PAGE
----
MassMutual LTC rate hike

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skepticalobserver
Posts: 915
Joined: Tue Jul 29, 2014 11:29 am

MassMutual LTC rate hike

Post by skepticalobserver » Wed May 16, 2018 9:41 am

Today's WSJ: MassMutual seeks to raise LTC premiums by 77% (yes, you read that right) for 3/4 of their policyholders.

PFInterest
Posts: 1234
Joined: Sun Jan 08, 2017 12:25 pm

Re: MassMutual LTC rate hike

Post by PFInterest » Wed May 16, 2018 1:59 pm

It's expensive stuff. Doesn't mean those ppl need to pay it.

Alan S.
Posts: 7500
Joined: Mon May 16, 2011 6:07 pm
Location: Prescott, AZ

Re: MassMutual LTC rate hike

Post by Alan S. » Wed May 16, 2018 2:20 pm

The LTC market has been dysfunctional for years and is only getting worse as adverse selection is added to the mix. The term "death spiral" comes to mind.

Under current circumstances this product should be avoided and the exposure self insured. Also, be aware of the bundling of LTC with other products which makes it more difficult to assess the premium and conditions applicable to just the LTC portion. Cable TV packages are headed in the same direction, about 5 years behind where LTC insurance is now.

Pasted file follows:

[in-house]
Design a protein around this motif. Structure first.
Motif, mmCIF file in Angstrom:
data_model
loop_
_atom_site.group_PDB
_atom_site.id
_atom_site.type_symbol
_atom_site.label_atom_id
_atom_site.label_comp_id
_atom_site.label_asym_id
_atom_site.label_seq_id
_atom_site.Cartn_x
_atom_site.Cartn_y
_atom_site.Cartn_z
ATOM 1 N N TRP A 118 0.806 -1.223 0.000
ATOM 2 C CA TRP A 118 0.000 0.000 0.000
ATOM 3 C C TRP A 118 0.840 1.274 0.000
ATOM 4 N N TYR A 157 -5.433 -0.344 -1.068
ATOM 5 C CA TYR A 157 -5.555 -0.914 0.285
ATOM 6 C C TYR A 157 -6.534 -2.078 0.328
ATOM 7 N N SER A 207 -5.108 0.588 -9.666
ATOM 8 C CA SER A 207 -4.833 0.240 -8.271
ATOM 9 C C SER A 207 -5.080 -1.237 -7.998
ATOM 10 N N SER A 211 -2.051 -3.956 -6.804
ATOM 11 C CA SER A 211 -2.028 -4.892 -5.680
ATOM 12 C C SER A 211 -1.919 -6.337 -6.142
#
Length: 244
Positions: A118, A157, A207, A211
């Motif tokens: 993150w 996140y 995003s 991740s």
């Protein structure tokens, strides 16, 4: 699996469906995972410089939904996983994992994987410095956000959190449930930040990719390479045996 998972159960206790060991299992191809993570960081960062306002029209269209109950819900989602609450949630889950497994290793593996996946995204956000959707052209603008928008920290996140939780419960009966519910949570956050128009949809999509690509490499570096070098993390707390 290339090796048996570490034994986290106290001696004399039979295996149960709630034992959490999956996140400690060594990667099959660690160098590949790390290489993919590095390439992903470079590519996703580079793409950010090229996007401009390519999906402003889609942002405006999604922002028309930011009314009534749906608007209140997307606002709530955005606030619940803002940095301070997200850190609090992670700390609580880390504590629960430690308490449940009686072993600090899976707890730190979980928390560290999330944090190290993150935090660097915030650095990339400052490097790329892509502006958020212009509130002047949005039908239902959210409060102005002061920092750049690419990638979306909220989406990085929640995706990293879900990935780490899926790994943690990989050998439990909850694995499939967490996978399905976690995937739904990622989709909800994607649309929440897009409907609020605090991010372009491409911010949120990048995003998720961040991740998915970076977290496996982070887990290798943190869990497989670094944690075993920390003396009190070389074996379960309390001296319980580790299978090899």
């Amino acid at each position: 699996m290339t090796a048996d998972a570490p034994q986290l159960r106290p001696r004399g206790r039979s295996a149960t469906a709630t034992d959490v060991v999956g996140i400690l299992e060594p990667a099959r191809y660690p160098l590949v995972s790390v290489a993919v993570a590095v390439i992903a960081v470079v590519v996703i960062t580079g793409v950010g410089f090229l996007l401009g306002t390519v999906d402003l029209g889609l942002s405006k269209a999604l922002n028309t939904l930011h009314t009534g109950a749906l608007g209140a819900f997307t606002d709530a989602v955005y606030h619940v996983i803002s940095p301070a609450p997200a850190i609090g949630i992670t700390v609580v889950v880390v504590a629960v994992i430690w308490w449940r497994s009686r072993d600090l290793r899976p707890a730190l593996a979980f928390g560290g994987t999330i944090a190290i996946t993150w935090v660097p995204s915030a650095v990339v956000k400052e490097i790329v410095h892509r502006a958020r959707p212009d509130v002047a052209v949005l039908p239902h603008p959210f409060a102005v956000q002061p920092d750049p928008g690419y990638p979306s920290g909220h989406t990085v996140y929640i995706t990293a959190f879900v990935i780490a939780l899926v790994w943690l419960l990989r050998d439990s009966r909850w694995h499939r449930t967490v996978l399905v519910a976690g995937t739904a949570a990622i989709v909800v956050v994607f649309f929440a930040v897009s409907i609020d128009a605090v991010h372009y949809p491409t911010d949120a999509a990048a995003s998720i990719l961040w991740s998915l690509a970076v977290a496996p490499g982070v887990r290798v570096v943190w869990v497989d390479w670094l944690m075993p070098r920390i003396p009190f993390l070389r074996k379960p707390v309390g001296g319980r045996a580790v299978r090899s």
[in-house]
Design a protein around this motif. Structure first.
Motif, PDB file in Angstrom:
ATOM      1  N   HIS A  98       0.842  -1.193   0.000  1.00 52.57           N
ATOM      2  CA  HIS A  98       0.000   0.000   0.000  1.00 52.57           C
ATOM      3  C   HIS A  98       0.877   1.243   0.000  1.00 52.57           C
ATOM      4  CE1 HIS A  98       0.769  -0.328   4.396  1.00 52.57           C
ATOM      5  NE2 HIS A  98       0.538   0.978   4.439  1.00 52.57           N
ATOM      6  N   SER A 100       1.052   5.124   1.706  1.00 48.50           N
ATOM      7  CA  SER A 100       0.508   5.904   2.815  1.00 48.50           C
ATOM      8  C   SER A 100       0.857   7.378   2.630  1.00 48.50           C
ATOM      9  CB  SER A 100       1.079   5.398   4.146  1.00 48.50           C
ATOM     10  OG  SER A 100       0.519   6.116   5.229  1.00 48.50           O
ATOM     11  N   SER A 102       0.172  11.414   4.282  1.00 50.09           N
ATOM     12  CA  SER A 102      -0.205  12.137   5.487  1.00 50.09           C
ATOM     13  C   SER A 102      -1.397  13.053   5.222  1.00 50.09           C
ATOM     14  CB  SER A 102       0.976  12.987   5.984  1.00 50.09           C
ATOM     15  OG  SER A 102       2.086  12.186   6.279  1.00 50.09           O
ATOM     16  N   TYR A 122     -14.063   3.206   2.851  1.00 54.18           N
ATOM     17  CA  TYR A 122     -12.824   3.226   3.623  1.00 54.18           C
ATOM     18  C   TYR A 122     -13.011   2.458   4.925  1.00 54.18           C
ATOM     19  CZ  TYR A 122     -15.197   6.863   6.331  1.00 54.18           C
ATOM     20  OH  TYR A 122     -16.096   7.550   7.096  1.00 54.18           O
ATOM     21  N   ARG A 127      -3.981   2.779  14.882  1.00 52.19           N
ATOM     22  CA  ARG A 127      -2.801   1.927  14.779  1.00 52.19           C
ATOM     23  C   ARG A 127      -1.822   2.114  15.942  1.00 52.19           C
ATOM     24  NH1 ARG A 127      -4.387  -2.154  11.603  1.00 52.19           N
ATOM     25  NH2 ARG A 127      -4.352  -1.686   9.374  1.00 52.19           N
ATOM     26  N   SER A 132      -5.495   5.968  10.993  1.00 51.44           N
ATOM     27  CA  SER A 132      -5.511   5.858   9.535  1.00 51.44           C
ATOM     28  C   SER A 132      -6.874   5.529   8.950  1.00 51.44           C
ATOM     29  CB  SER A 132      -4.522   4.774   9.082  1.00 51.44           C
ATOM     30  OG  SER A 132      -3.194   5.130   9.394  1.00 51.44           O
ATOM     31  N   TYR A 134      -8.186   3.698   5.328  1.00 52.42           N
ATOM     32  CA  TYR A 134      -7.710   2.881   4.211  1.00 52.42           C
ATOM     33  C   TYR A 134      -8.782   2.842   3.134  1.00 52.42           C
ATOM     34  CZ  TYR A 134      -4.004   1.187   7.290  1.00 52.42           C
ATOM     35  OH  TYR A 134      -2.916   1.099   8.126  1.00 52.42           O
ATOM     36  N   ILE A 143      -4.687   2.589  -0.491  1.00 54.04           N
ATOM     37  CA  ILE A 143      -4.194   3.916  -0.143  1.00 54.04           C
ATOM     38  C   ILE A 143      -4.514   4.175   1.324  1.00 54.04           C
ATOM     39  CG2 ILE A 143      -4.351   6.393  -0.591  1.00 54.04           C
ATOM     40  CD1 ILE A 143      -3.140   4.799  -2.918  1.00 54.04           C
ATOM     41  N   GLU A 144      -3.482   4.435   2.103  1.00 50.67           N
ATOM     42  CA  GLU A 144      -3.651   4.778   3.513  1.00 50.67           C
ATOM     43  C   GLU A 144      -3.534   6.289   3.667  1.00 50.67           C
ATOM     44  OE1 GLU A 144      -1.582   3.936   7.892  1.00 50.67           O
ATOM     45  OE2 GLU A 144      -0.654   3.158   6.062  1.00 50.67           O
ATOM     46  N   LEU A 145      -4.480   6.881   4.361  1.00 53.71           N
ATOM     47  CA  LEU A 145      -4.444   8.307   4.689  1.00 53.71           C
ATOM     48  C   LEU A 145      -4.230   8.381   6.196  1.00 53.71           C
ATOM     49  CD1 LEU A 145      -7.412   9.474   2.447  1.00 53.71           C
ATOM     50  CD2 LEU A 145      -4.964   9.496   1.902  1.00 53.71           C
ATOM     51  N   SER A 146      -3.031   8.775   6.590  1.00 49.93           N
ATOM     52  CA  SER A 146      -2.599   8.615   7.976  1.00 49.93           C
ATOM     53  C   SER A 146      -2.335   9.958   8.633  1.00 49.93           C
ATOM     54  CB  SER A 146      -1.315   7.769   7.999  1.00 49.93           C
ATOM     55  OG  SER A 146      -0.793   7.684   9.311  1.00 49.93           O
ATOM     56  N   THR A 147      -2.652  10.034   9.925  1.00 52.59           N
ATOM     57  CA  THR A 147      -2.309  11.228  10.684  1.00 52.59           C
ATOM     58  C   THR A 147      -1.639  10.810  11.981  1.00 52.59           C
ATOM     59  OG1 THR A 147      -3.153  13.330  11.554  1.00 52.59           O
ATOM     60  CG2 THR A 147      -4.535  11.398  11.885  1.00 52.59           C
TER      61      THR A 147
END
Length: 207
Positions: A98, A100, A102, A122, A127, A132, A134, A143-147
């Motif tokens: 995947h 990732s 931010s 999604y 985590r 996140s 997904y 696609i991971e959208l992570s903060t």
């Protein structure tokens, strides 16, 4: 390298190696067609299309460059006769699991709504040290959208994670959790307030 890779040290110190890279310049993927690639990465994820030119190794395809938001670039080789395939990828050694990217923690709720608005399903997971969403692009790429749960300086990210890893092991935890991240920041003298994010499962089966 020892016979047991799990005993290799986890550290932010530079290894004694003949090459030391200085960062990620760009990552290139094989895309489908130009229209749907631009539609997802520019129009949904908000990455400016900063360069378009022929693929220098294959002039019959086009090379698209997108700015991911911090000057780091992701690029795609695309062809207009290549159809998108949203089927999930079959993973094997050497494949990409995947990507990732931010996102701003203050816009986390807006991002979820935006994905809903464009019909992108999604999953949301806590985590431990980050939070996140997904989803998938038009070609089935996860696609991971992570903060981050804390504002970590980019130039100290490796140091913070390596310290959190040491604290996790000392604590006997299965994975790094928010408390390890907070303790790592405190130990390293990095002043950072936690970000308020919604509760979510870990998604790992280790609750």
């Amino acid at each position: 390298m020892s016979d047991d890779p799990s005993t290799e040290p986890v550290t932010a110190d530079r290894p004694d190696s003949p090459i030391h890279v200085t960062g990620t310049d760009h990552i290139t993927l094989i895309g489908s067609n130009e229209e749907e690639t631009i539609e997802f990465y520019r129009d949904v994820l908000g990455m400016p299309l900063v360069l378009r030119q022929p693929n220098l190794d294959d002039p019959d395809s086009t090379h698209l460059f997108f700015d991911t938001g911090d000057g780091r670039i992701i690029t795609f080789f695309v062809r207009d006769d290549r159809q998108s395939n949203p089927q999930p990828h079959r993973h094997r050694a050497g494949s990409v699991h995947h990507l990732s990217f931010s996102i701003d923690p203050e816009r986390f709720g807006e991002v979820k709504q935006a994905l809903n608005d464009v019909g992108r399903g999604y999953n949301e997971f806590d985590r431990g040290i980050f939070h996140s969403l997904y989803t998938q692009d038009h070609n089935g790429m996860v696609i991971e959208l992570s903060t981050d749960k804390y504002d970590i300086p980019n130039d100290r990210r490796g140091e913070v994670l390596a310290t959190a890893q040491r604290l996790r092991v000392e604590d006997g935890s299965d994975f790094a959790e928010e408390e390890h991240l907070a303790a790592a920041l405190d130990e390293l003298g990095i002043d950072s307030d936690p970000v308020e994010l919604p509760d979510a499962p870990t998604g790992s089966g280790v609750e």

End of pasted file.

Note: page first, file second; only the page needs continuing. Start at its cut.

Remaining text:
Silk McCue
Posts: 849
Joined: Thu Feb 25, 2016 7:11 pm

Re: MassMutual LTC rate hike

Post by Silk McCue » Wed May 16, 2018 2:35 pm

These increases are very unfortunate but are being applied to older policies not covered by legislation passed since then. Today’s policies are a different beast with higher premiums, leaner benefits and are difficult to raise rates on. IF rate raises are approved on these more recent policies the companies can do no more than cover their cost. No additional profit will be approved. Therefore they are priced appropriately up front.

Self insuring for a prolonged event is nearly impossible unless you are very wealthy.

This is an excerpt from the article.
MassMutual said the increases would apply to its “earlier policy series,” some of which have lifetime benefits that are no longer sold. Policyholders will have options for holding down an increase. Typically, insurers allow consumers to give up features such as inflation adjustments or otherwise reduce benefits.

Policies sold today typically cost significantly more and have less-generous benefits than earlier versions. A buyer in his or her late 50s to early 60s can expect to pay roughly $3,000 annually for a policy whose benefits grow to just over $300,000 or so when the owner is in his or her 80s, when claims are often filed, according to financial advisers.
Cheers

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